A Special Place is the name of a small business with a 100-square-foot storefront on U.S. 87 in Navarre that is, well, just that — a special place.  

It’s filled with locally produced and locally sourced goods like paintings, jewelry, T-shirts, greeting cards and handblown glass. Owner Michelle Massey opened the business in 2011 and has used the store to secure commissions for local artists and creators for the past nine years.

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But when COVID-19 hit, Massey found herself in a situation she had never faced before and was forced to close her doors for an entire month. Now, still just able to keep her head above water, she’s one of more than 100 Santa Rosa County small business owners who applied this week for new CARES Act-funded small business grants the county is administering.

“It would be a huge blessing, it would take out the uncertainty of whether or not we’re able to get out the hole that’s been created,” Massey said of receiving a grant. “People don’t realize that even though you were closed and not making money, you still have all the bills associated with the business. Small businesses aren’t paying themselves, and it’s been hard to come back from.”



Larry Tashlik shares photos of his collectible collection with Terry Light, the owner of Pik-itz in Navarre, on Wednesday, Sept. 30, 2020. Light recently completed her application for CARES Act funding from Santa Rosa County. She is hoping her second attempt at getting the funds is successful.


© Tony Giberson/[email protected]
Larry Tashlik shares photos of his collectible collection with Terry Light, the owner of Pik-itz in Navarre, on Wednesday, Sept. 30, 2020. Light recently completed her application for CARES Act funding from Santa Rosa County. She is hoping her second attempt at getting the funds is successful.

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Santa Rosa County has allocated a total of $2.6 million of CARES Act funding to provide grants of up to $20,000 to eligible small businesses like Massey’s that have been negatively impacted by COVID-19. The latest grants are different than the small business grants awarded in April and May, which were funded directly by the county through a $100,000 grant.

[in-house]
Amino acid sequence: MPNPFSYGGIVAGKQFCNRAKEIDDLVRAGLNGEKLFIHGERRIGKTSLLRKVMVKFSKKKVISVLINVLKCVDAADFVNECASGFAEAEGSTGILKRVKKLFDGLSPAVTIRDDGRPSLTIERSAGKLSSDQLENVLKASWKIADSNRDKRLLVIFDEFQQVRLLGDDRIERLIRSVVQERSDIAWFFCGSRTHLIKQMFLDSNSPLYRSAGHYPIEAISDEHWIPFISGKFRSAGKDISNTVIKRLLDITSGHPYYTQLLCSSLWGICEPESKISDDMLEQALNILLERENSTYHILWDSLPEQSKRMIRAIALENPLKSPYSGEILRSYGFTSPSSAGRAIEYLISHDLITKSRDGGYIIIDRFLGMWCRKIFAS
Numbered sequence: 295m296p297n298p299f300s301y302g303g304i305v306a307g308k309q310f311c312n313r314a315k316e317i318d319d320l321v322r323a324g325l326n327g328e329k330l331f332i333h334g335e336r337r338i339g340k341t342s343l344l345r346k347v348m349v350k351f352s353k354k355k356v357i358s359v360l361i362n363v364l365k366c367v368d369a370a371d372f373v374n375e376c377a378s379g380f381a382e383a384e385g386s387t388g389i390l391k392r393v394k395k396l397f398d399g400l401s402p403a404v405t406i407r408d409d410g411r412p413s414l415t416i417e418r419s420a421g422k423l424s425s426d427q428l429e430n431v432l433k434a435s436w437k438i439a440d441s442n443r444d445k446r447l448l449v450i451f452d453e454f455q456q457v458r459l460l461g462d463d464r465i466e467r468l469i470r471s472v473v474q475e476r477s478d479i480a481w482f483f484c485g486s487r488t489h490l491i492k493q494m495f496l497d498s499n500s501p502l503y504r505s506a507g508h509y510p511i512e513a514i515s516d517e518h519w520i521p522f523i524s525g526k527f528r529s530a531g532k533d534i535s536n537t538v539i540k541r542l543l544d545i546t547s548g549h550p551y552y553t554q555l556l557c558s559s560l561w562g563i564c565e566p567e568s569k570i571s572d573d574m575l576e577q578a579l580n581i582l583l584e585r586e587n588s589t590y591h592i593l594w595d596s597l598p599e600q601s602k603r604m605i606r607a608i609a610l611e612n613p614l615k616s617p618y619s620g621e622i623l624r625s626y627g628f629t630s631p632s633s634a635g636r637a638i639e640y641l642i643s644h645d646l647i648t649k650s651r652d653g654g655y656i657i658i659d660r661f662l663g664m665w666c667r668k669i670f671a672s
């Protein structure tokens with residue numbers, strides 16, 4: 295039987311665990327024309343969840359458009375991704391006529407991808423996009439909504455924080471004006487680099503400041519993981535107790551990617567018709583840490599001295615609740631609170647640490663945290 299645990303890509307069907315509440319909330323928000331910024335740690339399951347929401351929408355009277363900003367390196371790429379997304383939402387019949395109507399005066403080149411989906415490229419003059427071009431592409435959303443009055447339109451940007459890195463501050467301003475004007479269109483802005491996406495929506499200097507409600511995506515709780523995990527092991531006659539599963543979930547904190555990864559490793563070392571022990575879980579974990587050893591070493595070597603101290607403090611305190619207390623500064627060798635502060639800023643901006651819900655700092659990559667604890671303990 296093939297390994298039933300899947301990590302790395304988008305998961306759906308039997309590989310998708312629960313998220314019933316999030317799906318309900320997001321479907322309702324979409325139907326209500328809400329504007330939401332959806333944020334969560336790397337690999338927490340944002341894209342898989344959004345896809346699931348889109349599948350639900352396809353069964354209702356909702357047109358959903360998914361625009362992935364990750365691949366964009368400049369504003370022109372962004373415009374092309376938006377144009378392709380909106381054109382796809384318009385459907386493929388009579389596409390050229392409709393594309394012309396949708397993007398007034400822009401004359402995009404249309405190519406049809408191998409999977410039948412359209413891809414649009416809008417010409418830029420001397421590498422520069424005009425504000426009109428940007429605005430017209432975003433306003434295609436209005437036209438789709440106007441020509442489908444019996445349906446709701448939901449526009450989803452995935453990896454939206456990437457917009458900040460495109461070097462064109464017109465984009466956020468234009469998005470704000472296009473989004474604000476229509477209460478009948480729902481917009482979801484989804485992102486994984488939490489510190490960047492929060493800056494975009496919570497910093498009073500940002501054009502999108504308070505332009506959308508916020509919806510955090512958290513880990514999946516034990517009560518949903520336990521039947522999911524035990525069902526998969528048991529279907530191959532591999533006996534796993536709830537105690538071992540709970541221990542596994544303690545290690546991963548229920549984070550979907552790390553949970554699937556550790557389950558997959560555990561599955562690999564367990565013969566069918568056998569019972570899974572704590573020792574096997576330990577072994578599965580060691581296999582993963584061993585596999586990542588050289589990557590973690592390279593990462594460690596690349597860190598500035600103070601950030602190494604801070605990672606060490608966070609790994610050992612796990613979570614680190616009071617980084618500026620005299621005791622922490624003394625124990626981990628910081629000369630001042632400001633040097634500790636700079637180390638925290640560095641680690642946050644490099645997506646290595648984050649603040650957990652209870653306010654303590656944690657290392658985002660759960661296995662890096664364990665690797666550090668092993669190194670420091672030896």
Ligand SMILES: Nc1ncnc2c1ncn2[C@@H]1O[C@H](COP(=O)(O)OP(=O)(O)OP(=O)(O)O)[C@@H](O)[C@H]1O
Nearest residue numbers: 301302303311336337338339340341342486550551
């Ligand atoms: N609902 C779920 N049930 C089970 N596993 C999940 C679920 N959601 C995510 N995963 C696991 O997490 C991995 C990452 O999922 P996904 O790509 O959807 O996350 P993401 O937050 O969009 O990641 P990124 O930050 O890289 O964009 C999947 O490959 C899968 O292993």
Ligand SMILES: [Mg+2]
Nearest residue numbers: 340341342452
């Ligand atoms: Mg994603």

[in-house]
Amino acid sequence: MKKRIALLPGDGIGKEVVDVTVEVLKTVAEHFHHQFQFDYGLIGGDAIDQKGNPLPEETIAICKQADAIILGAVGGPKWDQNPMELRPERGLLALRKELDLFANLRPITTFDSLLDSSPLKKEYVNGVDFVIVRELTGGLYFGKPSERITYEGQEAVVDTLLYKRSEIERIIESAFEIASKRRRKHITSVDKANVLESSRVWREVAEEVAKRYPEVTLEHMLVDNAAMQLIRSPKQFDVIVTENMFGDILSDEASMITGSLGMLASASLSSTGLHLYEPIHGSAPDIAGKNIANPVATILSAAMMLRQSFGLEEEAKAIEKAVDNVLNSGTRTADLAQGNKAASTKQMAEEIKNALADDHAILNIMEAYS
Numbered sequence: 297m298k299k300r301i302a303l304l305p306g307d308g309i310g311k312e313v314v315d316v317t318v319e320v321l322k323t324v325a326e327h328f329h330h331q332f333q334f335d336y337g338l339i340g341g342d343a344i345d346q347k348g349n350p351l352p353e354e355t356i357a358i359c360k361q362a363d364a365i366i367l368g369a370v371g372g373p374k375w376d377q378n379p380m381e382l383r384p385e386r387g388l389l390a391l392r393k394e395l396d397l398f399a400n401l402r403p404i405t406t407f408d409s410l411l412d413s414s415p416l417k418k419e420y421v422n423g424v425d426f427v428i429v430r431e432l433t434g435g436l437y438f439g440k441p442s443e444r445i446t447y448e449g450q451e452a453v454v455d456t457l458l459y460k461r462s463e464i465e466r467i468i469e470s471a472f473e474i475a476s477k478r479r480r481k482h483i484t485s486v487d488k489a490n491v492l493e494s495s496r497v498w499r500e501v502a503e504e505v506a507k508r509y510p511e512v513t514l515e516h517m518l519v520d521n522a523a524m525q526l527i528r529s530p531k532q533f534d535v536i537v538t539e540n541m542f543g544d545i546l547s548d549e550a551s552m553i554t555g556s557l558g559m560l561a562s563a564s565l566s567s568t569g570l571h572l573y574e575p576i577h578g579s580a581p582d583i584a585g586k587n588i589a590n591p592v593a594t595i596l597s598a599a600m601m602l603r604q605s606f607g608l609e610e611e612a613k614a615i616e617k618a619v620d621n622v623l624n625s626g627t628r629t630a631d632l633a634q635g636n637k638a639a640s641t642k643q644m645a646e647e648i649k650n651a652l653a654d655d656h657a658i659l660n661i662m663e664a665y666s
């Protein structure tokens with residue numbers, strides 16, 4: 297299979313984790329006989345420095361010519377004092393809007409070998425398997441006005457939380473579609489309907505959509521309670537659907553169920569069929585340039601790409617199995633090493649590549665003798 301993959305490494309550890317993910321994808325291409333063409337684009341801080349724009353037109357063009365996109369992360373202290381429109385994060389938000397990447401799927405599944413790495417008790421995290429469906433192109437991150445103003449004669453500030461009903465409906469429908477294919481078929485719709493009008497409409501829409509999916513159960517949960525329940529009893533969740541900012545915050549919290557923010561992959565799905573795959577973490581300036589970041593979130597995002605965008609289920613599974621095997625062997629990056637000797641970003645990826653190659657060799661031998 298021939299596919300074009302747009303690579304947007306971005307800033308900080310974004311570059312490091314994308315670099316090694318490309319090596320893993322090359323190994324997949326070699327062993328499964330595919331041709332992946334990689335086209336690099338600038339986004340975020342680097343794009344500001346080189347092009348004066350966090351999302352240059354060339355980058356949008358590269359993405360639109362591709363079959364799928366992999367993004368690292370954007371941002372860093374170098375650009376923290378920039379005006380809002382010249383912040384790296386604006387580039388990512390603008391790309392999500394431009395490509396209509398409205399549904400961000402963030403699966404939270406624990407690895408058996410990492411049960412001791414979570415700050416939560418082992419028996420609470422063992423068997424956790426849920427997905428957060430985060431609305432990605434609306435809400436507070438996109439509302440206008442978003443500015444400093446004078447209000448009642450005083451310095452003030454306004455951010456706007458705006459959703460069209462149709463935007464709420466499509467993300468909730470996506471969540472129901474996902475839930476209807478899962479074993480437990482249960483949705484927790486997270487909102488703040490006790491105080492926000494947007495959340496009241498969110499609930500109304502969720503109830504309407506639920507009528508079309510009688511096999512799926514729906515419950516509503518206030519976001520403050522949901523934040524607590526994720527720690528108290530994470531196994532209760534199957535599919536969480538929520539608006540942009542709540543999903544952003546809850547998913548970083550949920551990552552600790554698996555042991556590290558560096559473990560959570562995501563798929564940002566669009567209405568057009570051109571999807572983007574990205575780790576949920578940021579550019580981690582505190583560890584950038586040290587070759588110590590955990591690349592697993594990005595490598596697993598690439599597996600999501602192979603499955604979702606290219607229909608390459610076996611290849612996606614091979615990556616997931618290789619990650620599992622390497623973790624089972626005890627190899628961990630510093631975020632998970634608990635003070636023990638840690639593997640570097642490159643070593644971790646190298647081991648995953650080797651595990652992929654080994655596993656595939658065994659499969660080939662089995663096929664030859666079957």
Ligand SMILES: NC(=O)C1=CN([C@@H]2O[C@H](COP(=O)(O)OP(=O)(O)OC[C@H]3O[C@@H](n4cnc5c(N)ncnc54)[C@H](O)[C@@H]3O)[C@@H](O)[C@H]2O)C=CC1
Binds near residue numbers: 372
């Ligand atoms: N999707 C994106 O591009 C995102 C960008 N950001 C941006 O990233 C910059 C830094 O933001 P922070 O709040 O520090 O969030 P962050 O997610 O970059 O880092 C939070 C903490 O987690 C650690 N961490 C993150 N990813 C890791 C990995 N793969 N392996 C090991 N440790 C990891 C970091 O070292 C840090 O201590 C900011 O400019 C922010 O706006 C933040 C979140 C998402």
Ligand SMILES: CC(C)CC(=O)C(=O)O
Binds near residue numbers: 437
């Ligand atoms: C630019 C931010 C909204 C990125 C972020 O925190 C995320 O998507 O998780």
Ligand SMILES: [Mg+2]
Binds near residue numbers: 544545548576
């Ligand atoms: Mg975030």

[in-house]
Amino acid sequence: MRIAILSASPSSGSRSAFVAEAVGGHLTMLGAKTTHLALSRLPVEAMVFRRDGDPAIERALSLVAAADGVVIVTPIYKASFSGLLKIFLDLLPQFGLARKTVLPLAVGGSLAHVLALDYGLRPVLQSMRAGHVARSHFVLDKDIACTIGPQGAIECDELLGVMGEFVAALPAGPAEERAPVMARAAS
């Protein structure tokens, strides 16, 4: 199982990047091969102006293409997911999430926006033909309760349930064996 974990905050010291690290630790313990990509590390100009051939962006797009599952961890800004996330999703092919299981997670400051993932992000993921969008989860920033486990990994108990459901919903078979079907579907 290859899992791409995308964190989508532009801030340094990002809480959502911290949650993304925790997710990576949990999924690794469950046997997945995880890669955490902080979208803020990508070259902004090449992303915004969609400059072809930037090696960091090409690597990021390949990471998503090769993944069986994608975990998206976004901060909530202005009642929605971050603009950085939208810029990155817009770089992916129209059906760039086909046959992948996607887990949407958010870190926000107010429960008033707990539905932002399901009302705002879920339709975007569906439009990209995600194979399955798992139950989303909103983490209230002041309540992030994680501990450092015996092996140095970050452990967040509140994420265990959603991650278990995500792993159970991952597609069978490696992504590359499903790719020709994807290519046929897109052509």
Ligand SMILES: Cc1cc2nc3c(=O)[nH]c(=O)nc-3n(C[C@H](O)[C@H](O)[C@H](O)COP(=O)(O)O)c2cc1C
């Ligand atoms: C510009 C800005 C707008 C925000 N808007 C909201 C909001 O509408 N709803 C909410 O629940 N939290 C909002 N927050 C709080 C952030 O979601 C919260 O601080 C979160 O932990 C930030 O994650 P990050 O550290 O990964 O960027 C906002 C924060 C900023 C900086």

In discussions with the state last week, the county learned it must spend the full $8 million the state already provided before the county can unlock the remaining $24 million in the reimbursable funds it was promised. Santa Rosa had previously voted to allocate $2.6 million of the total $32 million for small business grants, but decided last week to spend $800,000 of that between Sept. 28 and Oct. 16 so it can then unlock the remaining $1.8 million to fund another round of small business grants before the end of the year. 

“We opened up (the applications) on Monday, but if all that money is allocated by Friday, then we can look at moving money around that is being under-utilized in other areas of the initial $8 million allocation,” said Jared Lowe, grants coordinator for Santa Rosa County.

The grant amount tiers are $10,000 for small businesses with up to 25 employees and $20,000 for small businesses with 26 to 100 employees. Information on how to apply for the grant is available on the county website, santarosa.fl.gov.

As of Wednesday afternoon, Lowe said “more than 100” applications had been received since the application process opened Monday. Applications close at 5 p.m. Oct. 16.

The grants department is working with the Florida Small Business Development Center to review and approve the applications. 

Pik-itz! is another Navarre small business that has applied for the most recent grants. 

Terry Light, who owns the shop that sells antiques, collectibles, art, furniture and more, opened up her business in 2019 and said COVID-19 hit her business hard.

“We were on track to really start doing very well this year, and March was setting up to be our best month since we opened,” she said. “And then on March 15, we pretty much just stopped. We closed on the 24th and stayed closed until May.”

Light, who opened her store early last year, said this year was shaping up to be a banner year business-wise. She was offering art classes, seeing tons of foot traffic and was excited to capitalize on the busy spring and summer months. But then COVID-19 happened.

“One of my reasons I applied is because I have property taxes coming up in November, and I usually count on the increase in business over the summer to save up money to set aside and pay my property taxes,” Light said.

Light said getting the $10,000 small business grant would give her breathing room that she hasn’t had in months.

“It will give me breathing space, and help pay my taxes without having to put personal money into the business to do that, so it’s a pretty big deal,” she said. “It would be really helpful.”

 Annie Blanks can be reached at [email protected] or 850-435-8632. 

This article originally appeared on Pensacola News Journal: Santa Rosa to disperse $2.6 million in CARES Act grants to businesses hurt by COVID-19

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